Thousands of “sneakerheads” will spend as much as £3,000 on circumscribed edition trainers this weekend, at a south-east London anyway in the reality billed as Europe’s biggest trainer convention.
This is the at the start time that Sneakerness, which was launched a decade ago in Switzerland and has proceeded to cities including Amsterdam and Johannesburg – has arrived in the UK, where organisers surmise it to attract between 3,000 and 5,000 people.
One trainer pose in – the Nike Air Jordan 1 Off-White in a new blue and white “North Carolina” colourway – is credible to become the most in-demand of the convention, according to Sergio Congregation, managing director and co-founder of Sneakerness. The style sold out directly when it was released through retailers last week, priced at surrounding $190 (£144). It is tipped to fetch between £1,000 and £1,500 at the experience, where it will be sold by private collectors.
Other rare shoes will take in the Nike Air Max Parra x Patta Cherrywood, likely to fetch far £3,000, as well as the Kanye West-designed Adidas Yeezy 350 V2 Butter. The bulbous “Dad trainer” craze – the anti-fashion footwear silhouette of the moment – will also be big tidings, says Muster, with the Yeezy Wave Runner a key high style that collectors will be looking out for.
The grass enthusiast market has heated up to boiling point in recent years, only just as general trainer sales have soared. In the luxury shop, trainers have become the tentpoles propping up big designer brands: purchases were up 10% last year to $4bn, according to consultancy Bain, outperforming a 5% upgrade in the overall luxury market. Notable sellout styles allow for Versace’s $920 collaboration with trainer app Goat, and the Balenciaga Triple S miniature, priced at £615. In the mainstream, an acceptance of increasingly casual put on clothing codes has seen millions wear trainers by Nike and Adidas on nights out and to the chore. Where the 90s had the “it” bag and the 00s the high-heeled “it” shoe, the trainer has become this decade’s consummate status item, reflecting an age in which exercise and fleet-of-foot assuage have become highly aspirational.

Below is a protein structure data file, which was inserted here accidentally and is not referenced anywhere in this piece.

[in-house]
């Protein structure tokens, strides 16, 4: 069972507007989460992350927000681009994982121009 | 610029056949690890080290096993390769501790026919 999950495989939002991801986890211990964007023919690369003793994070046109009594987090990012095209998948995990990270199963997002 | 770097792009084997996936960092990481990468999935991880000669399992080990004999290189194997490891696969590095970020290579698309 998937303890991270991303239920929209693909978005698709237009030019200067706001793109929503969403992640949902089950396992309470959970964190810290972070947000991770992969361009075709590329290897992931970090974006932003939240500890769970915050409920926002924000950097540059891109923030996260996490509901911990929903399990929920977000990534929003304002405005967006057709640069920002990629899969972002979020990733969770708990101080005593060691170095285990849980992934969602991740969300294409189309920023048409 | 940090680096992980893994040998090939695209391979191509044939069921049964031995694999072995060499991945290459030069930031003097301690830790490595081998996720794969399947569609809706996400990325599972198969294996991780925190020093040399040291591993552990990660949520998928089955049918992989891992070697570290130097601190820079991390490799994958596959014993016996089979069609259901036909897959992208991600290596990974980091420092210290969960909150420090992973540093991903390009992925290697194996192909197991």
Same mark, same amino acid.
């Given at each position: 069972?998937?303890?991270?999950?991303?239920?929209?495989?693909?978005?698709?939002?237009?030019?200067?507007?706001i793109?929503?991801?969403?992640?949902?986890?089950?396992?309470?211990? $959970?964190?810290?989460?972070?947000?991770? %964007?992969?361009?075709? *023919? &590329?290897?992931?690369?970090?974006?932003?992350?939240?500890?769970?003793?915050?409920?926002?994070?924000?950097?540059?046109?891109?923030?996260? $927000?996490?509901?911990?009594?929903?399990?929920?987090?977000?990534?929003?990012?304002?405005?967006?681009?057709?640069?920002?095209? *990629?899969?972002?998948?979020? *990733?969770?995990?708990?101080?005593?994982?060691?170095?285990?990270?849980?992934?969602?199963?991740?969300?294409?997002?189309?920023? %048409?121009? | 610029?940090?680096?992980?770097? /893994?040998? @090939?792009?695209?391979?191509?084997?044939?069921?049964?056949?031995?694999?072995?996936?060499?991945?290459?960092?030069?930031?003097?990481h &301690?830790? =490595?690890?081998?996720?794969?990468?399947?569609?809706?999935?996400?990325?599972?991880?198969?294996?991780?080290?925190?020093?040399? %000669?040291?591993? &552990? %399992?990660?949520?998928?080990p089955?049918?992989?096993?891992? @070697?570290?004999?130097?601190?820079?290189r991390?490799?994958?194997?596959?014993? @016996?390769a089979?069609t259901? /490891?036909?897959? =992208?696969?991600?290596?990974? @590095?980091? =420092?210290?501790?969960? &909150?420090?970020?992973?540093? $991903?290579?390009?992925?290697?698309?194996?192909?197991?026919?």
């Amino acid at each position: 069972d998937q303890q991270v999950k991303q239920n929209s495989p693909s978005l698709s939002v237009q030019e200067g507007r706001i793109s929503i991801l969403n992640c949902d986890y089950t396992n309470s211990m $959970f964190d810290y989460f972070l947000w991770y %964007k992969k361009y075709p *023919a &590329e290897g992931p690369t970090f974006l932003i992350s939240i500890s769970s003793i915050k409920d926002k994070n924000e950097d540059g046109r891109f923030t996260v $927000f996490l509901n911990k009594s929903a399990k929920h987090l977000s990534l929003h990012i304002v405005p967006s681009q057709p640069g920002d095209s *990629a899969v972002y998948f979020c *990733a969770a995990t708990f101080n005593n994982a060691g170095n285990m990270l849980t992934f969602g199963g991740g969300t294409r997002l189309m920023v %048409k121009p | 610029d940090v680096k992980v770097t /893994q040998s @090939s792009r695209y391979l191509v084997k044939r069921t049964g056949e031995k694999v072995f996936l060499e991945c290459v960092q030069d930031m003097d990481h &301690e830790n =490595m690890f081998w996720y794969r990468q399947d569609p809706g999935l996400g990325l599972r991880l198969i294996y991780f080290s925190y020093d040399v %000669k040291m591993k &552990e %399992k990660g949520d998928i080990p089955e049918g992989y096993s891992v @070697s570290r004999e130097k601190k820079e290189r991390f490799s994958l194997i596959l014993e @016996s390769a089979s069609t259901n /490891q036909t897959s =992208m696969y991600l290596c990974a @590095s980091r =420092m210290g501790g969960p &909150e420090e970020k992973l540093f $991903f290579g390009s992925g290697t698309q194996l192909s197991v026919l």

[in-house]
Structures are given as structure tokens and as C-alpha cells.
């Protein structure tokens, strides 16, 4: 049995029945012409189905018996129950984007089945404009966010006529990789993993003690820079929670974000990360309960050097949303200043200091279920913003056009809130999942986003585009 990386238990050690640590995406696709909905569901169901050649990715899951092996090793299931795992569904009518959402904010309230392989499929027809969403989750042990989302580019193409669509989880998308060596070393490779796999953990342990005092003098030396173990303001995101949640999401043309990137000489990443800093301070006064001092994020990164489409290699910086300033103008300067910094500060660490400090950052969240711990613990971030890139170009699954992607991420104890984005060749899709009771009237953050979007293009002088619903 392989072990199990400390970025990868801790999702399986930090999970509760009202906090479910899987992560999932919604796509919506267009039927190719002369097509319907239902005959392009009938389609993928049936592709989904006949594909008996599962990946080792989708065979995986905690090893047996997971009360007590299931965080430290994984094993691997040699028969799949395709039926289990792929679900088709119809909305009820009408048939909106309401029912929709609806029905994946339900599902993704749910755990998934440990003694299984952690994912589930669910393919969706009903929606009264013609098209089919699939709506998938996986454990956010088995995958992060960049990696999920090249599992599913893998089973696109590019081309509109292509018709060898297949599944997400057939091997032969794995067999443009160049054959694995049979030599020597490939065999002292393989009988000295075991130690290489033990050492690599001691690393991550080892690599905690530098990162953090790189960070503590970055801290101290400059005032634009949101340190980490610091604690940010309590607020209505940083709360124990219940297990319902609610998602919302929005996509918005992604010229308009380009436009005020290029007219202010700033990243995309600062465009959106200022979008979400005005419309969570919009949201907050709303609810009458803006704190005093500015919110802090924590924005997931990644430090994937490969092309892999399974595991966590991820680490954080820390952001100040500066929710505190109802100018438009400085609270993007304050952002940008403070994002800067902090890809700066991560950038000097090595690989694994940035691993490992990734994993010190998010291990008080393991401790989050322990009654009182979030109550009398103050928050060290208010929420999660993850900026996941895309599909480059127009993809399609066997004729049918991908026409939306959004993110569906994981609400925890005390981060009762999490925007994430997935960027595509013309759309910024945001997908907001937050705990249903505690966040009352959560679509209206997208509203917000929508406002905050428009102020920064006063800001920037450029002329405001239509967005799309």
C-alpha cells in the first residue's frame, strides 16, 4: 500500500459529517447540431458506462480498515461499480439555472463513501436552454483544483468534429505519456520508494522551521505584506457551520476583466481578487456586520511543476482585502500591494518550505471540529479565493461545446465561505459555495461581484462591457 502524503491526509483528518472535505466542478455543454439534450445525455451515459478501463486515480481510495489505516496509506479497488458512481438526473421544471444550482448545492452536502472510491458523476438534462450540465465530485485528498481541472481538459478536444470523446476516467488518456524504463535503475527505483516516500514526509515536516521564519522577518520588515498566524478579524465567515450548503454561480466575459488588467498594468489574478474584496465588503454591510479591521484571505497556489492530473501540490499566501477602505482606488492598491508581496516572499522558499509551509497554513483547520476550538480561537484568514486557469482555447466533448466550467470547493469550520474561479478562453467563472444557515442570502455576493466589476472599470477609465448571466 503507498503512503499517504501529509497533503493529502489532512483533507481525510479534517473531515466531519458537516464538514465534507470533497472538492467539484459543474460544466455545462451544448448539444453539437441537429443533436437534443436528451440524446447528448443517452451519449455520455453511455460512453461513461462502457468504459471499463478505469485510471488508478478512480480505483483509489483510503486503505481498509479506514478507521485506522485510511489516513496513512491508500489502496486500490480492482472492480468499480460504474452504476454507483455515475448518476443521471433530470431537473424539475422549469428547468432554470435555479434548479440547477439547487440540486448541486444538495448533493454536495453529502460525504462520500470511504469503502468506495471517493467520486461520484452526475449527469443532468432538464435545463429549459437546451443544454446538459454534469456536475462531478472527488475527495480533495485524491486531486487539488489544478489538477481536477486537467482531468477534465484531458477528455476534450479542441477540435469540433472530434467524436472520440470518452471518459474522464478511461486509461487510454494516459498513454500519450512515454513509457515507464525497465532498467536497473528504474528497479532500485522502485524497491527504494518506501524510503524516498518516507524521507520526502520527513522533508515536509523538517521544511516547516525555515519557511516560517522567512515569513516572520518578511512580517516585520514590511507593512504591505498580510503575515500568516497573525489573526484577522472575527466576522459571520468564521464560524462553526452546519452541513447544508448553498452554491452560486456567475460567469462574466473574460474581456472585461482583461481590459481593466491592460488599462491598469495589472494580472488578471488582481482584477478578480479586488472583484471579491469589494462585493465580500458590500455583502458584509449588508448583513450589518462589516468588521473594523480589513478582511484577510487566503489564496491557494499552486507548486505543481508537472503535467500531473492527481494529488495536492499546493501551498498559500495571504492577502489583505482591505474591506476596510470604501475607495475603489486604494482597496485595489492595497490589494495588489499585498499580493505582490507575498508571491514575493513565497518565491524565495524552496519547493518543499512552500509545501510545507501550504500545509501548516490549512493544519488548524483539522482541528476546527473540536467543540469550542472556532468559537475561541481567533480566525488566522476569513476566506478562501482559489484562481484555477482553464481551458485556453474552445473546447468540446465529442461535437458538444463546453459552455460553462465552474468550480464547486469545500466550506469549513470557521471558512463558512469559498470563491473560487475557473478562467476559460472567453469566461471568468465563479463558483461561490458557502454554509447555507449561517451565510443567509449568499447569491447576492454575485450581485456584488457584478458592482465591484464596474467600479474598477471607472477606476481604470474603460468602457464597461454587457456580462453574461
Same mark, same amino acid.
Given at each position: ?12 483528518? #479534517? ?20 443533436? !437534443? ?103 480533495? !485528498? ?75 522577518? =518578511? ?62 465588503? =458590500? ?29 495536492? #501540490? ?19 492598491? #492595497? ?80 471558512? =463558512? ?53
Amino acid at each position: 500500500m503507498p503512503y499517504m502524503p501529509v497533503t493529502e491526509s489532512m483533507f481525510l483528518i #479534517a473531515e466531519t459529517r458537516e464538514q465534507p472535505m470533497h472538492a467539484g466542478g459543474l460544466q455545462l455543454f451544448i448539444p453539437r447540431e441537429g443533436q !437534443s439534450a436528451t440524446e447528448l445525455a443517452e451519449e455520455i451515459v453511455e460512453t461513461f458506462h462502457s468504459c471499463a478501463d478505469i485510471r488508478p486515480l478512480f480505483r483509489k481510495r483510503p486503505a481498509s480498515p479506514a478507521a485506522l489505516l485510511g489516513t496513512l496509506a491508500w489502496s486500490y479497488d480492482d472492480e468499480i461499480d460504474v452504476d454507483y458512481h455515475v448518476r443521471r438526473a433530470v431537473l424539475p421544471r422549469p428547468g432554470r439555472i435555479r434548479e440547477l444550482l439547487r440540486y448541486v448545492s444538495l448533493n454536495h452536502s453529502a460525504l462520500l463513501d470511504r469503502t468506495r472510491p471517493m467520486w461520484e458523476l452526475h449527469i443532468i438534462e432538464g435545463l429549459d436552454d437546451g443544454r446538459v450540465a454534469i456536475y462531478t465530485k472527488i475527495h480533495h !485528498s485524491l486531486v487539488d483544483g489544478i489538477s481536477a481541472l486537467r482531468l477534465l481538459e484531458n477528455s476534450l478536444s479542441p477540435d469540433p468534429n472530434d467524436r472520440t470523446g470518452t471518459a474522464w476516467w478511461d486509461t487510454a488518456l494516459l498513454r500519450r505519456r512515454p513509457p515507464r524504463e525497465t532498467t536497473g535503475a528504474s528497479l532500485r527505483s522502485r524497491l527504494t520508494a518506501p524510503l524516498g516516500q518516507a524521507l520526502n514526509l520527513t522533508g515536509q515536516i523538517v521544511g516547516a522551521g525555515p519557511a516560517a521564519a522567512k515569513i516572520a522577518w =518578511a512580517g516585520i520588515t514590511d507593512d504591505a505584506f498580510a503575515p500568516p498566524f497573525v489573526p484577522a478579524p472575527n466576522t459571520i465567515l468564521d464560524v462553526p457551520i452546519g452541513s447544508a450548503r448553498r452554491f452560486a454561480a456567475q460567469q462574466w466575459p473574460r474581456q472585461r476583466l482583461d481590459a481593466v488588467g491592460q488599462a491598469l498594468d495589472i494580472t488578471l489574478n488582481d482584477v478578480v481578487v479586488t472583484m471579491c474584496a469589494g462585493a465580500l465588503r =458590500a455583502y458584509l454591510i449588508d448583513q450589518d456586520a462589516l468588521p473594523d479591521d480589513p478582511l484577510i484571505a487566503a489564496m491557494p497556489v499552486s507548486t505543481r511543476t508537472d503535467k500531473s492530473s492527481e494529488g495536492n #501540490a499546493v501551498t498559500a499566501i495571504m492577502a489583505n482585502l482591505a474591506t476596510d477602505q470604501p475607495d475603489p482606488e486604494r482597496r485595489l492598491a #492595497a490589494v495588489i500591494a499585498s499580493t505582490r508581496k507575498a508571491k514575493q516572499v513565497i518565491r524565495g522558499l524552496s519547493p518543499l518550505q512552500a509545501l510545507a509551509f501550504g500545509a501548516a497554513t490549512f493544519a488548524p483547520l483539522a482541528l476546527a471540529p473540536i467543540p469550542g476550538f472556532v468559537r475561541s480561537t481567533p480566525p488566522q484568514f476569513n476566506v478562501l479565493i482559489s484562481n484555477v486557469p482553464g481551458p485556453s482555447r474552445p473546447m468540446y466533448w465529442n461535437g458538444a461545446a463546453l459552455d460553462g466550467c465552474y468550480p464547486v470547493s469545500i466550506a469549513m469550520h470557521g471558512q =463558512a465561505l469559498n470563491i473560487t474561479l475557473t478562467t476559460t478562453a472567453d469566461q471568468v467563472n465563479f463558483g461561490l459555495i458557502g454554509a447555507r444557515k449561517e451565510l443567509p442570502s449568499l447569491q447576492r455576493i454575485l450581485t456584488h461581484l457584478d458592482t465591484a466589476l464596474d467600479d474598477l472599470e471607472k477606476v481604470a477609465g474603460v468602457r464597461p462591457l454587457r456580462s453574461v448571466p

Sneakerness’s demographic is generally 16- to 24-year-olds and 70% of its attendees are male, Muster estimates. Numberless of these fans spend months saving for trainers, or “top” pairs they already own for a profit. They will also get in for hours or enter online raffles in order to get hold of the calls they covet.
Courses are moving faster than ever, thanks to the rapid rate of social media. Muster says: “If Drake wears a yoke of Jordans today then everyone will want Jordans on Saturday.” Allowing sneakerheads’ dedication is a cut above anything seen in the mainstream, their fondness has a ripple effect. Their favourite designer, says Muster, is Off-White’s Virgil Abloh, who was recently ordained artistic director of menswear at the world’s biggest luxury maker, Louis Vuitton.
Kish Kash, a self-described “trainer archivist” with at paltry a couple of thousand pairs, who is Sneakerness’s UK country manager, requires trainer culture is about much more than securing and selling. There is a collegiate atmosphere at the event, he says, with a panoply of sneakerhead-friendly bustles – including shoe cleaning and authenticity checks, as well as banks and screens to watch the World Cup.
The sneaker world, he says, is on touching preservation of culture and an “appreciation of an aesthetic – people gravitating on the way the same thing. It’s a fascinating anthropological study. We are human, we eat passions. We want to create a world around us that is not lustreless. We want to brighten up the place.”